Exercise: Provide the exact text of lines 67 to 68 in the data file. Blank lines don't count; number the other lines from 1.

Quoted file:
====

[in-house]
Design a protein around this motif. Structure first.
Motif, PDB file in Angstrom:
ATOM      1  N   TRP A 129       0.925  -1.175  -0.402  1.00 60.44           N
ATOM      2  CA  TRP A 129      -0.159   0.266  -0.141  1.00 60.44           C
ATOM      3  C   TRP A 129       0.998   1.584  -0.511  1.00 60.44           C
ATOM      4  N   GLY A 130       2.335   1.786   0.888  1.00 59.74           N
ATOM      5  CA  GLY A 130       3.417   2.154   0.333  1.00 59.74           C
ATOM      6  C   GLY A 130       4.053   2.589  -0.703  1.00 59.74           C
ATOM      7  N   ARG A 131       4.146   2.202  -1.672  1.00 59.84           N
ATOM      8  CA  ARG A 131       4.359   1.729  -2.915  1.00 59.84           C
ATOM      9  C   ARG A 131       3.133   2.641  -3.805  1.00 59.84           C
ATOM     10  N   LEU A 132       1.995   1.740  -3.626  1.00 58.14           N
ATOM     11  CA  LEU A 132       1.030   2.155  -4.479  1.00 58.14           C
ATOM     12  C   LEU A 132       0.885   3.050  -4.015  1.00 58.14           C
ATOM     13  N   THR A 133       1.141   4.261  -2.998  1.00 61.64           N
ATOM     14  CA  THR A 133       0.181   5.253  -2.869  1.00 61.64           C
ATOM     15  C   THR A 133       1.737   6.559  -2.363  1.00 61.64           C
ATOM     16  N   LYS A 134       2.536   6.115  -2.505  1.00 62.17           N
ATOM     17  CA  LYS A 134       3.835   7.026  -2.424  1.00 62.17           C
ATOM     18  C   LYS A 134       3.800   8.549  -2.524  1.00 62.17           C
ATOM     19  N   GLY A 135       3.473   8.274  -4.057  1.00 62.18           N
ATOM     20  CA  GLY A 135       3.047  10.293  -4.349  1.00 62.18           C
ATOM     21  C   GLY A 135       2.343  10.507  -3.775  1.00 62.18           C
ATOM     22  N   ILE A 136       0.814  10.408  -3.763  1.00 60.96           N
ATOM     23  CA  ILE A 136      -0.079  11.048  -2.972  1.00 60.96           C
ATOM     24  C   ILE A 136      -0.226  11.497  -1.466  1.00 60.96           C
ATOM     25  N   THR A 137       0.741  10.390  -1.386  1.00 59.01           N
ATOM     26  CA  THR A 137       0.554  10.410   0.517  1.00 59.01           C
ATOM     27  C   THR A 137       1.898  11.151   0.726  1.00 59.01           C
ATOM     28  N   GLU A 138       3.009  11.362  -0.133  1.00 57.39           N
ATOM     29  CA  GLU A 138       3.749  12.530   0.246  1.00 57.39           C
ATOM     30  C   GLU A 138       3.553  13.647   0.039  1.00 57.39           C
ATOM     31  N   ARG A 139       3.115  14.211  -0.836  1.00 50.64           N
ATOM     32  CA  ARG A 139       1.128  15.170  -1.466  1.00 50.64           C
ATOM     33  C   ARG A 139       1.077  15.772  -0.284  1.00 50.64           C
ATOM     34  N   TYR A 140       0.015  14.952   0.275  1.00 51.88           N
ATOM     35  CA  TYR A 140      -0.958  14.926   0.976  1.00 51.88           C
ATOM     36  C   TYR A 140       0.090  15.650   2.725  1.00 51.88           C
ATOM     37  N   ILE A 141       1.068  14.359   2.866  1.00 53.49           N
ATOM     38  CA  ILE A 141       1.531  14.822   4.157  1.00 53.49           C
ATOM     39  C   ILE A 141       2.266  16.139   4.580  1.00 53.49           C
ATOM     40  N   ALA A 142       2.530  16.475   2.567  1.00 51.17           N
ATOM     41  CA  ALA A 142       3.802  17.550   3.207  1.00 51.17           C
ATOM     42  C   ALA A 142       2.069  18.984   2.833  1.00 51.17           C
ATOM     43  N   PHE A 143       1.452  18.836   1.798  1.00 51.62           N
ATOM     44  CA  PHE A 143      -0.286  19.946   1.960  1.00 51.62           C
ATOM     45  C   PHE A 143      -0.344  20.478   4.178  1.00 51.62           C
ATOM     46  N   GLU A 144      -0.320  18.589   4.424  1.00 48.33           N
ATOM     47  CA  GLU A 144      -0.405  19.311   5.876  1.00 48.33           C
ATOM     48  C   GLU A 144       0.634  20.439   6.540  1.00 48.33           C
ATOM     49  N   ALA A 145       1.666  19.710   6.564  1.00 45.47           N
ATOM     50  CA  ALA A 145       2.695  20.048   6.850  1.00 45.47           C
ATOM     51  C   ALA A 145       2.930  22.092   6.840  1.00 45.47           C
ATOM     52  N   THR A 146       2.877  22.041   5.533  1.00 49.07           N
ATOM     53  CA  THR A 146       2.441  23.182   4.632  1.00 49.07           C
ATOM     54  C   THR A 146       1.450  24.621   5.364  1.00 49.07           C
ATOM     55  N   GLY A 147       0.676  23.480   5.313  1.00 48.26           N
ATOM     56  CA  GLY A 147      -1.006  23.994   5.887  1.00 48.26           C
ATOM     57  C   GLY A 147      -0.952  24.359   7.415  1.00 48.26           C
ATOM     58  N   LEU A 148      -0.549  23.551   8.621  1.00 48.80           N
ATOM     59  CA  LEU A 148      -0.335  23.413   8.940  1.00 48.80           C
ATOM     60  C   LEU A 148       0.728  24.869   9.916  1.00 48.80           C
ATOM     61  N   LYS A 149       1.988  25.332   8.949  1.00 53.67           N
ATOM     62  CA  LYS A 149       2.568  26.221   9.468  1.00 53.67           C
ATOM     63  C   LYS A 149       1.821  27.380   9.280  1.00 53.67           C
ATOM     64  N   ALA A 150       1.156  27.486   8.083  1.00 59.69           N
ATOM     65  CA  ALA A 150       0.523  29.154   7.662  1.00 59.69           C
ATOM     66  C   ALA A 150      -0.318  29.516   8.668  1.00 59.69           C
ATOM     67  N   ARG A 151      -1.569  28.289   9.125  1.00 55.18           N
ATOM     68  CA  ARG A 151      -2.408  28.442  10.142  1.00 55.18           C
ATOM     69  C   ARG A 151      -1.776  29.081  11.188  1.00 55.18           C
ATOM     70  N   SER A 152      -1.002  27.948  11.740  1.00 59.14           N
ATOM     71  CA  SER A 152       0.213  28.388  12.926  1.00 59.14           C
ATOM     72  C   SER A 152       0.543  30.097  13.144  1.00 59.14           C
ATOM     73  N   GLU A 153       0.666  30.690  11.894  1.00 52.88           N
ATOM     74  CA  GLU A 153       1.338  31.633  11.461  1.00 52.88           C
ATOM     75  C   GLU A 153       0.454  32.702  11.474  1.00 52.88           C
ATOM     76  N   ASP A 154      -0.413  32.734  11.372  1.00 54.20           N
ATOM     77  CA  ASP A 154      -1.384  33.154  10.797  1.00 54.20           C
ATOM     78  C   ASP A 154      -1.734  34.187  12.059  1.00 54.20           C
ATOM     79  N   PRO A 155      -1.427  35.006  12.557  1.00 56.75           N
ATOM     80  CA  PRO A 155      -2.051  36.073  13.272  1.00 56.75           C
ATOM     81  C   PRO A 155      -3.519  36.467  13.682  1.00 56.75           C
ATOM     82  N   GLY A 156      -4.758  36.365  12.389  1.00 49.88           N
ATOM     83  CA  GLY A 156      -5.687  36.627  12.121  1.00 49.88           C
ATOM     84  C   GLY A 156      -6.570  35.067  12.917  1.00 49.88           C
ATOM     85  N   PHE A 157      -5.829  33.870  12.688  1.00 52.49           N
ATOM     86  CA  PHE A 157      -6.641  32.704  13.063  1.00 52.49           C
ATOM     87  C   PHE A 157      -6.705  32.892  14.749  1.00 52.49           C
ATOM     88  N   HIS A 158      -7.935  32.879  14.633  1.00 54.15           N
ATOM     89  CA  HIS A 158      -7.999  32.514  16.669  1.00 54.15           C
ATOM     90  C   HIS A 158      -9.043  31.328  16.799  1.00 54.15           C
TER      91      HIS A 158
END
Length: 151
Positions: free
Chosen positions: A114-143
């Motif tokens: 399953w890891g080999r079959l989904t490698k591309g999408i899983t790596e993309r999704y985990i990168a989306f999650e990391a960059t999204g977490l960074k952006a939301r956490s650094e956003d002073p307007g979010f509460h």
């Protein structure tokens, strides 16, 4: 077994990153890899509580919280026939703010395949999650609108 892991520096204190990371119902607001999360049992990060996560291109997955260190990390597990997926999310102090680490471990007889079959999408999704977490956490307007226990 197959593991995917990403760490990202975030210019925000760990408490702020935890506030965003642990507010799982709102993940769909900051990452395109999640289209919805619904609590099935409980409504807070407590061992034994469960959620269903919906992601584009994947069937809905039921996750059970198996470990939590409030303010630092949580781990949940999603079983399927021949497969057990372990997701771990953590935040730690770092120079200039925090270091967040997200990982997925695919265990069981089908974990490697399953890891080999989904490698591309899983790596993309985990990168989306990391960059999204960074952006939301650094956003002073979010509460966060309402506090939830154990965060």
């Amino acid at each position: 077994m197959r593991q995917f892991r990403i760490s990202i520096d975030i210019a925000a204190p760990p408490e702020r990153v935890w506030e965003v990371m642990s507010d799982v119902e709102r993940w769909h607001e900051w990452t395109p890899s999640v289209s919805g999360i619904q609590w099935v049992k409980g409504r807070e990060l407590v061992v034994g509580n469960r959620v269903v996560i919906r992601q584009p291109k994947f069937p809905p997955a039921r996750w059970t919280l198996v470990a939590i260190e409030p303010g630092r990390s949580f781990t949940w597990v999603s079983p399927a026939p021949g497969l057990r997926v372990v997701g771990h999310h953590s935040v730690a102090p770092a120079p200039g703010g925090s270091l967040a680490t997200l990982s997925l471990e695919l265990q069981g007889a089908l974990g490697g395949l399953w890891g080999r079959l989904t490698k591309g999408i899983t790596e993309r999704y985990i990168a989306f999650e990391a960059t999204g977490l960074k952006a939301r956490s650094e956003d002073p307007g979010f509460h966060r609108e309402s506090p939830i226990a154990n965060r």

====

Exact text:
ATOM     64  N   ALA A 150       1.156  27.486   8.083  1.00 59.69           N
ATOM     65  CA  ALA A 150       0.523  29.154   7.662  1.00 59.69           C